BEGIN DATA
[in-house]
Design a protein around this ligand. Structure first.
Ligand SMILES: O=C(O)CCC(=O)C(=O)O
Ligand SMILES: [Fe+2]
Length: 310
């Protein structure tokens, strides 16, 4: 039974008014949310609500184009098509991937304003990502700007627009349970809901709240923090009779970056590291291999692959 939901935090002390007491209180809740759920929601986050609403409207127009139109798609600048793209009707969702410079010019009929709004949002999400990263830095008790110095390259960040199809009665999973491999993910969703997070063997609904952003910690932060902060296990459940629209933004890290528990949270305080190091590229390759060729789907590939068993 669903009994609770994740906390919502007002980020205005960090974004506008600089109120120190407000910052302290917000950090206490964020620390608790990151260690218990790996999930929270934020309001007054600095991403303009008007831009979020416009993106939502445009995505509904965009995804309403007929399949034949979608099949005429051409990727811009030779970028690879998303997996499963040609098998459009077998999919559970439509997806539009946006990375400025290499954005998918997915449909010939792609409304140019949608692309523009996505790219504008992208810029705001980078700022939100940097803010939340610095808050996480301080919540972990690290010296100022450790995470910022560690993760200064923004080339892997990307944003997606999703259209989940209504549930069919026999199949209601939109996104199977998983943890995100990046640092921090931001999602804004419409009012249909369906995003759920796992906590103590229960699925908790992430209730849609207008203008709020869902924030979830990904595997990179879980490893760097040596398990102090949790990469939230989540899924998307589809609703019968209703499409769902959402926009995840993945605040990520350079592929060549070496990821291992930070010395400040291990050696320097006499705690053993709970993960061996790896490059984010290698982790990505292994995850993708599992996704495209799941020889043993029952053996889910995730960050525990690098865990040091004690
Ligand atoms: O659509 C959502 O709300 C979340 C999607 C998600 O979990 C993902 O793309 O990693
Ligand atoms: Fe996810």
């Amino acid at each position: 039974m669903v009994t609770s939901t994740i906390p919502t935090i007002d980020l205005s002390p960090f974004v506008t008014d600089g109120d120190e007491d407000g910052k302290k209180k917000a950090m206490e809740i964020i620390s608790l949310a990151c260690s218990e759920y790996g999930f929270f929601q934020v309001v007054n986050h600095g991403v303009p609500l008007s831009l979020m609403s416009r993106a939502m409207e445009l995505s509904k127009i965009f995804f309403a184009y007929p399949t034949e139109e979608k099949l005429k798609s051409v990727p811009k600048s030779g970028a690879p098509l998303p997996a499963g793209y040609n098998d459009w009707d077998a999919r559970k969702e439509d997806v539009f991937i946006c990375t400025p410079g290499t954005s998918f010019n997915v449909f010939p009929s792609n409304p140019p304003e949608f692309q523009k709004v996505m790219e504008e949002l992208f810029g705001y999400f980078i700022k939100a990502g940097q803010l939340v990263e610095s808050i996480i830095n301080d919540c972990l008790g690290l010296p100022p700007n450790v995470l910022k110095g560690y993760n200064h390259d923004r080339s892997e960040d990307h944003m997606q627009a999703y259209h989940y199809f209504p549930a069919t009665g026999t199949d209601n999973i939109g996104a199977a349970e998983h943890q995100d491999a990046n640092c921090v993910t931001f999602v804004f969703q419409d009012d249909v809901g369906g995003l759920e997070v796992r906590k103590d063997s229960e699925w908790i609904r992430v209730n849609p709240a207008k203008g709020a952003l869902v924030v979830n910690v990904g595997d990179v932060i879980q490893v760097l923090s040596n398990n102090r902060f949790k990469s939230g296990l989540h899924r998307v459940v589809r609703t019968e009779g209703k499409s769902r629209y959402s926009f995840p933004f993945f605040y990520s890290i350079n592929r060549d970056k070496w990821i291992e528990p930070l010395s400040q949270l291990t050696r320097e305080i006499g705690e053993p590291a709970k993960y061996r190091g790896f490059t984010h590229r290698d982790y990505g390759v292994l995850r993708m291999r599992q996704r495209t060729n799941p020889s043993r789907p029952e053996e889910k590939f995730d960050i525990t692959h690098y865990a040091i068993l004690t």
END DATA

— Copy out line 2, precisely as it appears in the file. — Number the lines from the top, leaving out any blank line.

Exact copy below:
Design a protein around this ligand. Structure first.